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Situationship: 5 Signs You’re in a Situationship

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Situationship: 5 Signs You’re in a Situationship

Written by MasterClass                  Last updated: Nov 8, 2022 • 3 min read

A situationship is an undefined romantic relationship between two people. Learn about the pros and cons of this arrangement and some guidelines for getting out of one if you’re unhappy.


What Is a Situationship?

A situationship is an uncommitted, undefined romantic relationship between two people—meaning that those in this type of relationship have not established what they are to each other. While it may share some similarities with a friends-with-benefits relationship, the two terms do not mean the same thing. A friends-with-benefits relationship is when friends engage in casual sex without taking on the commitment aspect of a relationship. A situationship, on the other hand, lacks a formal label. A situationship can be temporary (like if you just started going on a few dates with someone and it’s too early to place labels on the relationship), or it can sum up the entire relationship.


5 Signs You’re in a Situationship

There are several telltale signs that you might be in a situationship, including:

1. You deal with inconsistent behavior. Inconsistency is a common trait of situationships. You don’t know when you’ll see or hear from each other next.

2. You don’t use labels. Situationships lack definition by nature, so you and your partner likely haven’t sat down to discuss whether you want to be in a serious relationship.

3. You have no long-term plans. There is not much progression in situationships, so you may not talk about the future often or at all.

4. You haven’t made it exclusive. Since you haven’t defined the relationship, you and the other person involved might be seeing other people.

5. You lack an emotional connection. In a situationship, you likely don’t have deep discussions. Instead, you may have a more physical- or surface-level connection than an emotional one.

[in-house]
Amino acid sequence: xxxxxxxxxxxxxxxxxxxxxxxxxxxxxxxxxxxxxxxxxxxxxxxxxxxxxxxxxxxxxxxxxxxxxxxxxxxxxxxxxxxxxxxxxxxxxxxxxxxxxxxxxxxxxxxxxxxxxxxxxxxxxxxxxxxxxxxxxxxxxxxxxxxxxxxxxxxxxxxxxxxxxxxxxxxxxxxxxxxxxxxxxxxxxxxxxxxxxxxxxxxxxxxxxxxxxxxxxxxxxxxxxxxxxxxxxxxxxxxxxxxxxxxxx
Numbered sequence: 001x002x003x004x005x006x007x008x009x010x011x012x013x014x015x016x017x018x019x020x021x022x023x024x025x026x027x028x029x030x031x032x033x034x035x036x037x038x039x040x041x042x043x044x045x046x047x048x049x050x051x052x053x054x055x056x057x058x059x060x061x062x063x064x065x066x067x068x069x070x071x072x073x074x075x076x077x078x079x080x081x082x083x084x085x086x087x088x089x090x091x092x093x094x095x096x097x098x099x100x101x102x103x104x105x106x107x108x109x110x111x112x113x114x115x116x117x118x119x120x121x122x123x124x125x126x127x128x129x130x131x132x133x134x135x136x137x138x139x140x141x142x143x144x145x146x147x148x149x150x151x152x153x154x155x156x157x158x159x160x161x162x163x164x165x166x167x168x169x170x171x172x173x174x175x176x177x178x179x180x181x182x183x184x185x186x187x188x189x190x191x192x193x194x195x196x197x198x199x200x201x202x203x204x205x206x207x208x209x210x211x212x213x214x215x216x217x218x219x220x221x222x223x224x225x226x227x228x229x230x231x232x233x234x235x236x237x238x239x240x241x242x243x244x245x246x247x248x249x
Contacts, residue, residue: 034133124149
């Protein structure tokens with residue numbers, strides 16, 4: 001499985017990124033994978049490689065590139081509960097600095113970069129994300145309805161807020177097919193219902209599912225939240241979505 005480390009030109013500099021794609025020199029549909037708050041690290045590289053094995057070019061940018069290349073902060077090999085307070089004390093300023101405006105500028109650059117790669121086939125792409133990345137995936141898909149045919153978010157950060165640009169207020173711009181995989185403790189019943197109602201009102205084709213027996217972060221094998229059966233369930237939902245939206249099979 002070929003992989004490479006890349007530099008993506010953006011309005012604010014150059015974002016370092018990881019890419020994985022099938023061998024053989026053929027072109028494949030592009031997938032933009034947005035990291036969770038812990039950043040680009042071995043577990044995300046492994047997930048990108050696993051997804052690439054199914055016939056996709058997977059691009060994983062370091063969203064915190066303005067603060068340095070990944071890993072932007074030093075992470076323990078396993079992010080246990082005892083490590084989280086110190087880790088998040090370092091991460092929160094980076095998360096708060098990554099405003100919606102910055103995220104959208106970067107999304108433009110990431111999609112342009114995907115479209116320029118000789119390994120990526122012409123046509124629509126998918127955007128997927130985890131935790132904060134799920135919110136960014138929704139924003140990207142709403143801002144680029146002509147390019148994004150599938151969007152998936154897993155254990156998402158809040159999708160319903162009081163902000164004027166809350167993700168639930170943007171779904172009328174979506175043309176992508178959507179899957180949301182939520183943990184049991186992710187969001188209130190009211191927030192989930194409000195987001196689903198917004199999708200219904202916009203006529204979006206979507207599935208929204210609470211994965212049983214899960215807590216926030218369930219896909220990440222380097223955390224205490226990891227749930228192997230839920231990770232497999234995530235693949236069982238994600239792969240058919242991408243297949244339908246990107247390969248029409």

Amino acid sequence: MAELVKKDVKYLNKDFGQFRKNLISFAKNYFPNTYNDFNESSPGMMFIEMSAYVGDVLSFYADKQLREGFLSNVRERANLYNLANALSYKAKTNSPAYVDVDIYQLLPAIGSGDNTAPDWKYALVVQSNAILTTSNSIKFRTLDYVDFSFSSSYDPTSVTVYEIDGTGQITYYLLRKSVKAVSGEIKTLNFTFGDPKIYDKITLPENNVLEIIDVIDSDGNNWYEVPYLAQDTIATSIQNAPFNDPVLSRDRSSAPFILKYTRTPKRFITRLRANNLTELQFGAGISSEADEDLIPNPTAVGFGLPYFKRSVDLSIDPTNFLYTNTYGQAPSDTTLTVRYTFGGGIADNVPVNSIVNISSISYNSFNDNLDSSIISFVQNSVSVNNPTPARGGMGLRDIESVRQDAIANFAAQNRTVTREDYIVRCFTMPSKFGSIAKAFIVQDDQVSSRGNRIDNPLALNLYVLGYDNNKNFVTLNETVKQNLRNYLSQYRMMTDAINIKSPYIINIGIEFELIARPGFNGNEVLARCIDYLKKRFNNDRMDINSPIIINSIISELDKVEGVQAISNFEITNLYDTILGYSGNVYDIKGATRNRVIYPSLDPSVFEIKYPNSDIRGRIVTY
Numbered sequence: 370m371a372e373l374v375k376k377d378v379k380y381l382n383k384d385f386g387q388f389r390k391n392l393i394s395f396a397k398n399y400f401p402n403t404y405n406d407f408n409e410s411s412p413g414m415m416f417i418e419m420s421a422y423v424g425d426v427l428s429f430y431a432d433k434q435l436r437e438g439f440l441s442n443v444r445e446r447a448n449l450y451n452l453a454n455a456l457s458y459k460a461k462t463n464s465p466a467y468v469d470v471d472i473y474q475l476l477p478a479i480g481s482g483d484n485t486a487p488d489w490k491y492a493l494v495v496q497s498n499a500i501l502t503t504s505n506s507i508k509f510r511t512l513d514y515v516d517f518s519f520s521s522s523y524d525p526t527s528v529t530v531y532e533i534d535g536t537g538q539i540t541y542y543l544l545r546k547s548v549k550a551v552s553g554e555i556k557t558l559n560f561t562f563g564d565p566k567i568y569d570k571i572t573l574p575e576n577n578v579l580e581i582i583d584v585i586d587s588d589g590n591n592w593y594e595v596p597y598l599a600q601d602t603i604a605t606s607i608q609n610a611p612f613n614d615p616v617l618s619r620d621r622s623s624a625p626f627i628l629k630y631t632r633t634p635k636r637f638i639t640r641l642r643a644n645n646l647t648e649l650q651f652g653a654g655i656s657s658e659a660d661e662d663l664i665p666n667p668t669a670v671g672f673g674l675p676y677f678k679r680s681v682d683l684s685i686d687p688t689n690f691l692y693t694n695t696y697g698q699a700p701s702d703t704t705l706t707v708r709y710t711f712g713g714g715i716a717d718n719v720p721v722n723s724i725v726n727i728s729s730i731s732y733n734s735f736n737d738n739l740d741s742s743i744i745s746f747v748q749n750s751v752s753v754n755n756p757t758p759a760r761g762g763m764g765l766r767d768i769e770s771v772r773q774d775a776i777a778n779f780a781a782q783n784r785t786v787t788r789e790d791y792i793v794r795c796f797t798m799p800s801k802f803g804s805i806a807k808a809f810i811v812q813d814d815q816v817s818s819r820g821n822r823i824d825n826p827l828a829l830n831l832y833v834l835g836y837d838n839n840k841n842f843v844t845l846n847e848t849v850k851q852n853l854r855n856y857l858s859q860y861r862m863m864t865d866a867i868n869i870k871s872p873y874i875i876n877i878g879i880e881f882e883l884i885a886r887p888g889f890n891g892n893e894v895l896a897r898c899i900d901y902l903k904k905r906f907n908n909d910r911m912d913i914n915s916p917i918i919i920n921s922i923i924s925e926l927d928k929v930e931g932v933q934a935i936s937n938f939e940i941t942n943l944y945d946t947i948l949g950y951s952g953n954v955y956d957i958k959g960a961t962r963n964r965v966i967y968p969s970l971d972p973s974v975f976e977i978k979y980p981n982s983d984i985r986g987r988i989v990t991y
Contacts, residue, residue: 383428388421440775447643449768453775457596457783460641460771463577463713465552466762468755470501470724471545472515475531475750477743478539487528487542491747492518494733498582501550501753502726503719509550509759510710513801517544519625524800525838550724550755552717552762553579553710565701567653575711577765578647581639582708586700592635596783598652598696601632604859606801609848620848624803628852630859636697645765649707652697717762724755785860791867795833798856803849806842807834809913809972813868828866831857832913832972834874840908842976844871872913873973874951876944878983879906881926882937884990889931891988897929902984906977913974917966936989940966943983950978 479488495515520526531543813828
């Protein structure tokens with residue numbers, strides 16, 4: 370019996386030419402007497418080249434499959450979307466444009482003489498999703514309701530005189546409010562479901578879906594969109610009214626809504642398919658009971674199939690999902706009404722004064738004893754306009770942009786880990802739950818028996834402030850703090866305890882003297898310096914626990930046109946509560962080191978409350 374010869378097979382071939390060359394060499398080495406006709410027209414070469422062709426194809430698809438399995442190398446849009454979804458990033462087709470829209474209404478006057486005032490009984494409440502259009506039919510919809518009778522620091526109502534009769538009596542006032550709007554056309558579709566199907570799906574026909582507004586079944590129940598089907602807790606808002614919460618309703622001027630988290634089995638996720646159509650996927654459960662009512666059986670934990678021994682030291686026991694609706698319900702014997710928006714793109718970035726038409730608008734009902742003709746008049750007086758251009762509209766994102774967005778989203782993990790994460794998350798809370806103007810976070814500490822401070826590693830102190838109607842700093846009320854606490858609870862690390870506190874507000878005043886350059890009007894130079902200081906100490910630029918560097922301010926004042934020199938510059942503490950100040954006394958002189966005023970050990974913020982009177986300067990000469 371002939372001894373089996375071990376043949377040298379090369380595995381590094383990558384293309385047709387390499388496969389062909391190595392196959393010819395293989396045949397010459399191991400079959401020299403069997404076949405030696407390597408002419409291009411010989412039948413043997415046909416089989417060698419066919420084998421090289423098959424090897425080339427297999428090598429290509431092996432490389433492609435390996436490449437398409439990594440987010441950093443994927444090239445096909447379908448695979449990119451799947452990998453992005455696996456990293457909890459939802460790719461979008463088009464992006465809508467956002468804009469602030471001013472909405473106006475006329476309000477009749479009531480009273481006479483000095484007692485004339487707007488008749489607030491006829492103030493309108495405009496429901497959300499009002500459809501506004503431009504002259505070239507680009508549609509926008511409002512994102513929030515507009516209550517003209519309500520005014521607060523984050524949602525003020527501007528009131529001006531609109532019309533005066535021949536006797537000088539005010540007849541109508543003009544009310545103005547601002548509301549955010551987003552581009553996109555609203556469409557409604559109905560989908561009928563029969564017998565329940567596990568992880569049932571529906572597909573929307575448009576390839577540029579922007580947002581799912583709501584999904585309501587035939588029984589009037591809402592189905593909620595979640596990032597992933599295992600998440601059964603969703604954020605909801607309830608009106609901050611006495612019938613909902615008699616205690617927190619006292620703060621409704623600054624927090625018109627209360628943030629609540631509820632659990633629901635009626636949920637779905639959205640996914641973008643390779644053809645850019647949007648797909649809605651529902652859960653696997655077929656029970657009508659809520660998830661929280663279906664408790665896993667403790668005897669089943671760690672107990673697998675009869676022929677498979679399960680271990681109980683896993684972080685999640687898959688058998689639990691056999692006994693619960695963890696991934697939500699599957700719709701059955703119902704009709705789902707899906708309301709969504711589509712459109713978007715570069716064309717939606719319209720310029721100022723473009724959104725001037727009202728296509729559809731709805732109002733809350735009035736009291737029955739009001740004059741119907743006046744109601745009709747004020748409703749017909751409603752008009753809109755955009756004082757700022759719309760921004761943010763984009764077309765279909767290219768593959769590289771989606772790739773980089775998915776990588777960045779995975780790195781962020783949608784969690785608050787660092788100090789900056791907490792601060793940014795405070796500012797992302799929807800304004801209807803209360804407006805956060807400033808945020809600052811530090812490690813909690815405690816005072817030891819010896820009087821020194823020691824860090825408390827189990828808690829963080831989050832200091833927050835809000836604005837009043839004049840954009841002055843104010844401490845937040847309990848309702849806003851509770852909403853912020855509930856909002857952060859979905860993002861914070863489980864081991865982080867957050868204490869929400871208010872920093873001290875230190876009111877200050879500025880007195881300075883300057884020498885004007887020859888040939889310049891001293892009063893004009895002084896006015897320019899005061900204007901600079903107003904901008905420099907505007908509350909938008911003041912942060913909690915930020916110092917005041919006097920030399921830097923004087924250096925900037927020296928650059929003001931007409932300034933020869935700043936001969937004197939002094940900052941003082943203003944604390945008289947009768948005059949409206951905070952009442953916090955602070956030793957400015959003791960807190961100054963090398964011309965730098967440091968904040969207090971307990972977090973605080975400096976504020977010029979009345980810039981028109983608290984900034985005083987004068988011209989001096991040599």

Pros of Being in a Situationship

Being in a situationship isn’t necessarily bad; it all comes down to personal preference and what a healthy relationship means for you in your current stage of life. Pros of this arrangement include:

  • You can see other people. If you want to see other people, you have the option.
  • You have independence. Since you aren’t in a serious relationship, you only have your own wants, needs, and schedule to consider.
  • You have no commitment. You can have fun with the other person, enjoy their company, and be intimate with no-strings-attached.

Cons of Being in a Situationship

Situationships come with a few cons, including:

  • You could end up heartbroken. If you develop feelings in a situationship and the other person doesn’t, it can lead to conflict and heartbreak.
  • You deal with ambiguity. Situationships may leave you feeling like you’re in limbo, questioning your relationship status, which is unsettling for some.
  • You lack stability. Since you aren’t in a committed relationship, the other person is not a consistent source of support, and you likely don’t make regular plans with them.

How to Get Out of a Situationship

If you find yourself in a situationship when you don’t want to be, follow these steps to get out of it:

1. Evaluate your situation. The first step to getting out of a situationship is to understand whether you’re actually in one. You may simply be in the early stages of a new relationship that only requires you to communicate with your partner what you want.

2. Understand why you’re unhappy. If you feel your relationship isn’t progressing the way you want, consider why you’re unhappy. For example, if you have a purely physical situationship, perhaps you want to look for something deeper in the future. Outlining exactly why the situation does not serve you will help you avoid it moving forward.

3. Decide what you want. Determine whether you want to be in a real relationship with the other person and whether you want to date them exclusively. Decide what outcome you want and why, so you can communicate that to your partner.

4. Communicate with the other person. Tell them what you want and how they can meet your needs. Be open and honest with them, and hear what they have to say in response.

5. Move forward. If you end the situationship, move forward confidently and think about how to avoid a similar situation. Now that you understand your needs, you’ll be able to communicate them upfront to potential partners.

6. Talk with a relationship expert. If you find yourself in a pattern of undefined romantic relationships that negatively impact your mental health, consider speaking with an expert or a relationship coach to help you break the cycle.



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